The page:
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Nutrition and You: Pass the Carbs, Please!
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Pass the Carbs, Please!          

 

 

Modular products can be used to supplement "complete nutrition.” They can be an appropriate option for those looking to add extra carbohydrates to boost calories or perhaps to make special solutions such as oral rehydration solutions. They are not designed to fully support consumers’ nutritional needs because they do not provide a complete source of vitamins and minerals. Instead, most modular products consist of one or two of the major nutrients (protein, carbohydrate, or fat).          

 

 Carbohydrate modular products are used in a variety of circumstances. They can be used to supply additional calories from carbohydrate, especially when it is important to limit fat or protein intake, as in kidney or heart disease. They can be used in the care of patients with inborn errors of metabolism. Carbohydrate modulars are also used when a home parenteral and/or enteral (HPEN) consumer’s medical status prevents adequate intake of calories, for example when gastrointestinal volume is restricted. They can be used when the renal solute load (the amount of nitrogenous waste and minerals that must be excreted by the kidney) is limited, and to increase the energy density of foods. They come in powder and liquid forms, and can be sprinkled onto or mixed into food, mixed into beverages, or diluted into enteral formula or water and flushed through feeding tubes.

 

Modular Carbohydrate Products          

 

Since Abbott Nutrition discontinued Polycose in late 2013, consumers looking for commercial carbohydrate modulars have had limited choices. There are now, however, several products available. Specialty high-carbohydrate products designed for inborn errors of metabolism are sometimes used, but their costs can be prohibitive.           

 

Nutricia recently re-released Polycal, a pure carbohydrate modular made from maltodextrin. Maltodextrin, also referred to as a glucose polymer, is derived from corn and is absorbed more slowly than glucose but more quickly than starch. SolCarb by Solace Nutrition is a similar carbohydrate modular made from maltodextrin. These may be used when a rapid source of glucose is required, such as in situations with inborn errors of metabolism, as well as a source of calories. Duocal by Nutricia is a high-calorie modular composed of two energy nutrients (59% carbohydrate and 41% fat). Duocal’s blend of nutrients is designed to add calories without milk protein to lessen the risk of GI distress.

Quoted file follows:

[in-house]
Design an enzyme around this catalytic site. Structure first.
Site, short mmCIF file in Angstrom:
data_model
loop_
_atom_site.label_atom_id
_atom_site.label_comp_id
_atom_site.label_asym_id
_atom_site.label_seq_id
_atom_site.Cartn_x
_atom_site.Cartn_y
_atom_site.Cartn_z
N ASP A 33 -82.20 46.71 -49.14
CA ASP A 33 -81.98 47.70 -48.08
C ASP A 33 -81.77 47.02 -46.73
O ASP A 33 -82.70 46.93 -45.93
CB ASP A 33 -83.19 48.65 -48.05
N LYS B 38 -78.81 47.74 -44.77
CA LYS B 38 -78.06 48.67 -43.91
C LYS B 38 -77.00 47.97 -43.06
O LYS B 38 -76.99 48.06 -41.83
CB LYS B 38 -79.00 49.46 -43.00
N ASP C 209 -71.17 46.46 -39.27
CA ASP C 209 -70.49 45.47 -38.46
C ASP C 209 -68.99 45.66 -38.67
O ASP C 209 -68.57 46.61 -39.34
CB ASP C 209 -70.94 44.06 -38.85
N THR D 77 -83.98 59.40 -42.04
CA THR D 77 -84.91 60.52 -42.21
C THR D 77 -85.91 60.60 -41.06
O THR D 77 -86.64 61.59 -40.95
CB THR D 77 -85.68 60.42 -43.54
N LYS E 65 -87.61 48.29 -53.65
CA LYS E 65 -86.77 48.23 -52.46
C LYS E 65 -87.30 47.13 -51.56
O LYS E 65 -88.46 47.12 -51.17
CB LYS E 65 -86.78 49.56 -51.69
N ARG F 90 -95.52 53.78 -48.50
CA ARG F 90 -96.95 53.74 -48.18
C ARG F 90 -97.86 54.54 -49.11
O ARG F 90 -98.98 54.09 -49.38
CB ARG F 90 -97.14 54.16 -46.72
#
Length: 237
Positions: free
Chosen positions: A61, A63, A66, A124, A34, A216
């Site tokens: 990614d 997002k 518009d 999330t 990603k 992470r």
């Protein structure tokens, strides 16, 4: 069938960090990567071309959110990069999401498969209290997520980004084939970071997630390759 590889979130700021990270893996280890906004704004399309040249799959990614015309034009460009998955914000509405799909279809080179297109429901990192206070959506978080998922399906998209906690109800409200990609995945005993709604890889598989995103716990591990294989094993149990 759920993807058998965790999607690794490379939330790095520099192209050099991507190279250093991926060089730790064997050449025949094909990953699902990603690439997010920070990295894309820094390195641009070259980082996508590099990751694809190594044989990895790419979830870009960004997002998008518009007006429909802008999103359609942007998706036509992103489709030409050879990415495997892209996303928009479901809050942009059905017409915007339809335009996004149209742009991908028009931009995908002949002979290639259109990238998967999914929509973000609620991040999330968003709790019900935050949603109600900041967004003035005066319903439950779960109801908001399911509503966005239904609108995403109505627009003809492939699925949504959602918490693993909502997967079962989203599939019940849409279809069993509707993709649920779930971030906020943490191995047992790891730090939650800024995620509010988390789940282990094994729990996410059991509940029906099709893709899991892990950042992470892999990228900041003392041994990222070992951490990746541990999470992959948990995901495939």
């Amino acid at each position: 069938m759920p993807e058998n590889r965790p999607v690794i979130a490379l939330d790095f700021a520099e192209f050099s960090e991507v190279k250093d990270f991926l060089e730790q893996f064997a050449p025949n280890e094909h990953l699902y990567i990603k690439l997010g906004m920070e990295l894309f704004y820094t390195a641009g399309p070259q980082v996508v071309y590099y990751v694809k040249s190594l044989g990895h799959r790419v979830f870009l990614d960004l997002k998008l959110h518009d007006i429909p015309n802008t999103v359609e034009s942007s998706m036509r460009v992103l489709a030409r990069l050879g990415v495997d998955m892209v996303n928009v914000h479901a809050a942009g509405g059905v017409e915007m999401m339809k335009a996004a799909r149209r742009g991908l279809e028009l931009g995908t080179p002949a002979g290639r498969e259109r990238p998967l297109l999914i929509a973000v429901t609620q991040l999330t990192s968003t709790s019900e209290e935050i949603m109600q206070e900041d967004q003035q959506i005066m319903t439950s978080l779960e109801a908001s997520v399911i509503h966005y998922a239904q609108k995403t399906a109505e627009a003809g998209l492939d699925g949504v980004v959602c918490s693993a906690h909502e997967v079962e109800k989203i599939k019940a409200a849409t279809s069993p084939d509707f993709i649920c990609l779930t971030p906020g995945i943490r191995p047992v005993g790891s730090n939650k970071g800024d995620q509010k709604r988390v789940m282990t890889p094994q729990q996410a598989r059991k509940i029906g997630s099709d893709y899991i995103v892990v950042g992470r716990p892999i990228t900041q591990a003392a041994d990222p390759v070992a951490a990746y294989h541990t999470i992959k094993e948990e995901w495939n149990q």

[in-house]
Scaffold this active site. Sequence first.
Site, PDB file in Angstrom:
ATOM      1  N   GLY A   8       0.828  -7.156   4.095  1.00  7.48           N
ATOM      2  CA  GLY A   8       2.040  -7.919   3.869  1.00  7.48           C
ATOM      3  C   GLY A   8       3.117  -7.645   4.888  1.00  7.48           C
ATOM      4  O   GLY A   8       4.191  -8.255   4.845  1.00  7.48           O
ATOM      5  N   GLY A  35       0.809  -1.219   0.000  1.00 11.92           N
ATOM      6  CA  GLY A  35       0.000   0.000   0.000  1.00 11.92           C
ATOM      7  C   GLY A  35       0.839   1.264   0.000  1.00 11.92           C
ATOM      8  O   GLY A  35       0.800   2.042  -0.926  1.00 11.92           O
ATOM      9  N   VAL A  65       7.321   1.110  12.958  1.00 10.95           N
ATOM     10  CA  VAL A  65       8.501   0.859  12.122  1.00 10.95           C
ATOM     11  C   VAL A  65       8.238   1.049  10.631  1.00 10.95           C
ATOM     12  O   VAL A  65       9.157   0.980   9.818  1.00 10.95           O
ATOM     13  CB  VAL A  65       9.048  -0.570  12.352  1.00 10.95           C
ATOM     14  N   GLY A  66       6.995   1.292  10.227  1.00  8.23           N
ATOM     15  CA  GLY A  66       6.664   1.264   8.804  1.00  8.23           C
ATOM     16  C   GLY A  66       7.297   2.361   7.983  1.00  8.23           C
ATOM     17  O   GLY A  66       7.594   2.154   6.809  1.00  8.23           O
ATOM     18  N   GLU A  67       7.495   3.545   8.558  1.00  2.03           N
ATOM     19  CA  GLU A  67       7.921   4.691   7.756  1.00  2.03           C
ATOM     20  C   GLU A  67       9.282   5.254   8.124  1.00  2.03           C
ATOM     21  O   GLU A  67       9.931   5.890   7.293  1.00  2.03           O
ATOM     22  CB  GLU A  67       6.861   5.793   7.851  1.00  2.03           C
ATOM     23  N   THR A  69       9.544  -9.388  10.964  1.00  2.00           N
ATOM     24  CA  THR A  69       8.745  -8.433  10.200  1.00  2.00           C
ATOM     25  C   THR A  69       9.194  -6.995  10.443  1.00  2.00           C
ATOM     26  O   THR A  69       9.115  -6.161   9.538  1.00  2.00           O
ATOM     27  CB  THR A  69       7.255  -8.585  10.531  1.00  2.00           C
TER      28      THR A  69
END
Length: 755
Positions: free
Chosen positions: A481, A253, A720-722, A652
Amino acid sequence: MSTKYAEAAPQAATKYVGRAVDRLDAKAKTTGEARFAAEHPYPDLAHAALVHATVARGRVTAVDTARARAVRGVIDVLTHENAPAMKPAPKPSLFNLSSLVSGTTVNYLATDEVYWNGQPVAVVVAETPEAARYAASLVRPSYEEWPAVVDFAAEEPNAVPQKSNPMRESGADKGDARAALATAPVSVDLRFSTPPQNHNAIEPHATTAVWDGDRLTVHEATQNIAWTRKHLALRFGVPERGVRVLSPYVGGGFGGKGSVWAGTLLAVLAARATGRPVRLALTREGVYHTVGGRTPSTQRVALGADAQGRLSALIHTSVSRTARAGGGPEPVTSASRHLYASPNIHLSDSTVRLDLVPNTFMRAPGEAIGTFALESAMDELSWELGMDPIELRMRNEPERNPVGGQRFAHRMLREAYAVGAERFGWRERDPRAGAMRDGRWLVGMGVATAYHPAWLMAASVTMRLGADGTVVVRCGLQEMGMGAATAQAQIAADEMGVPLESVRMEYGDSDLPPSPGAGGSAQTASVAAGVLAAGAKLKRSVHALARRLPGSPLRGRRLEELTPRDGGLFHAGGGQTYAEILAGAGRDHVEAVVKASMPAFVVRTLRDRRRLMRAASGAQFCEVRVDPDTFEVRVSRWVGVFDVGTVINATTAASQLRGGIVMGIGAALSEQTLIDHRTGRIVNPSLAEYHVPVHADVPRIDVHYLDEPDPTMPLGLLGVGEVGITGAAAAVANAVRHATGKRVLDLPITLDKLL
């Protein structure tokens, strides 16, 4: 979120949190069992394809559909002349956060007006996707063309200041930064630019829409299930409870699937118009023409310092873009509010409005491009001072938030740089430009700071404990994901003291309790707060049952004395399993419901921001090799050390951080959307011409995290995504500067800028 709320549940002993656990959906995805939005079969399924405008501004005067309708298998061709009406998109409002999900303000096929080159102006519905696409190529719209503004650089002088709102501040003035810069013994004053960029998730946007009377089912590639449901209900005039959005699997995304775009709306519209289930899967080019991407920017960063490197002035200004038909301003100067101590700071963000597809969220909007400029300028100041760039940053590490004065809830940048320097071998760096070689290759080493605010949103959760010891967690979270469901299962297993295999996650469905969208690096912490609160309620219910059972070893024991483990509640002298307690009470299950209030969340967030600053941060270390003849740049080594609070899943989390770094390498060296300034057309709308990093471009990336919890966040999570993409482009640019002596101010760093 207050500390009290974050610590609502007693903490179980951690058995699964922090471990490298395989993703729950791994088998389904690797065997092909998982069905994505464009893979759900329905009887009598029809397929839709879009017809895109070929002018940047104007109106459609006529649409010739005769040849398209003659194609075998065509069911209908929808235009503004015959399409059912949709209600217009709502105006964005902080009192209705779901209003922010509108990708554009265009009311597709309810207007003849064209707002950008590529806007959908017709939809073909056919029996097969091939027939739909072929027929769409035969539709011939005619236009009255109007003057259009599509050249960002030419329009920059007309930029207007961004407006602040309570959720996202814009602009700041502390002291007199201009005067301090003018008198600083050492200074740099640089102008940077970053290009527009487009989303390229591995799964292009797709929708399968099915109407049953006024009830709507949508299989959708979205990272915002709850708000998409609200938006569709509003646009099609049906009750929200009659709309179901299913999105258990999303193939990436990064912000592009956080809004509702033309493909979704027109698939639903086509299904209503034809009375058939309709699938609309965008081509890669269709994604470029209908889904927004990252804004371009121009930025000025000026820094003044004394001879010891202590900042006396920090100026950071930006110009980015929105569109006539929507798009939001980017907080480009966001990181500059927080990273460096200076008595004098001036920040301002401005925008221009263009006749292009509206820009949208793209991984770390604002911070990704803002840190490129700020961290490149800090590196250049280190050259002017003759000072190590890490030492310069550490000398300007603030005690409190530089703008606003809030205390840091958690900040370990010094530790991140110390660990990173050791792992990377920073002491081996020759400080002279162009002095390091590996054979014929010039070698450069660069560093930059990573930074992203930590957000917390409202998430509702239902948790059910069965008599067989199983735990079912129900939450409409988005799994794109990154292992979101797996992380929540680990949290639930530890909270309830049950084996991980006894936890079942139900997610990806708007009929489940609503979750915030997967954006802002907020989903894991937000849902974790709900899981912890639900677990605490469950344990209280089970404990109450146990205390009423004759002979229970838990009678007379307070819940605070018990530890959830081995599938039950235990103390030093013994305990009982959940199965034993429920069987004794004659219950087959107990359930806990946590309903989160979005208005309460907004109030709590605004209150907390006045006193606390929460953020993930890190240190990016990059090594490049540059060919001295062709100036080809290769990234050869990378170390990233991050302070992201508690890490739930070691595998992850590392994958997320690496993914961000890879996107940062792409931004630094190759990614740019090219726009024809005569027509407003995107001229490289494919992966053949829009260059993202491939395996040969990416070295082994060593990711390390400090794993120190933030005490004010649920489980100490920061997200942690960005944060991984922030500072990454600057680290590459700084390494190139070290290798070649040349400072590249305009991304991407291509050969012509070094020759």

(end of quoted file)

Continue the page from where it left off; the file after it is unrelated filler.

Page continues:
Not for Everyone         

 

There are a few cautions about carbohydrate modular additives. First, carbohydrate quantity and type significantly affect enteral formula osmolality (the number of particles in solution), and high osmolality may lead to gastrointestinal distress. Consumers with fragile digestive tracts should seek medical guidance before adding any product to their feeding program (oral or enteral).           

 

Enteral formula viscosity should be considered, and powder should be well dissolved to avoid tube or pump occlusions. When modulars are providing significant calories, vitamin and mineral intake from other sources should be evaluated to ensure nutritional adequacy. The American Society for Parenteral and Enteral Nutrition (A.S.P.E.N.) recommends that formulas with additives should hang for no longer than four hours. Finally, modular enteral formulas usually have the billing code B4155, and some insurance companies require clinical justification before they will cover them.         

 

As always, check with your physician and dietitian before making any changes to your current regimen to be sure it is appropriate for your condition.





Carbohydrate modularsManufacturerFood sourceCalories per tbsp.Other nutrientsCalories per packageSolCarbSolaceMaltodextrin23-851/227g (8oz) canDuocal (41% fat)NutriciaCornstarch, vegetable oils421.87g fat/tbsp.1968/400g canPolycalNutriciaMaltodextrin 29 1536/400g canSOSVitafloGlucose syrup  120, 160, or 190 calories per pkt.

Carbohydrate modulars can be used to supply additional calories; in the care of patients with inborn errors of metabolism; when a HPEN consumer’s medical status prevents adequate intake of calories; when a patient’s renal solute load is limited; or to increase the energy density of foods.

 

Written by Sarah Carter, RD, LDN, CDE, CNSC. Reviewed by Carol Ireton-Jones, PhD, RD, LD, CNSC, and Laura Matarese, PhD, RD, CNSC, FASPEN.

 

LifelineLetter, January/February 2015

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This website is an educational resource. It is not intended to provide medical advice or recommend a course of treatment. You should discuss all issues, ideas, suggestions, etc. with your clinician prior to use. Clinicians in a relevant field have reviewed the medical information; however, the Oley Foundation does not guarantee the accuracy of the information presented, and is not liable if information is incorrect or incomplete. If you have questions please contact Oley staff.

 

Updated in 2015 with a generous grant from Shire, Inc. 

 

This website was updated in 2015 with a generous grant from Shire, Inc. This website is an educational resource. It is not intended to provide medical advice or recommend a course of treatment. You should discuss all issues, ideas, suggestions, etc. with your clinician prior to use. Clinicians in a relevant field have reviewed the medical information; however, the Oley Foundation does not guarantee the accuracy of the information presented, and is not liable if information is incorrect or incomplete. If you have questions please contact Oley staff.
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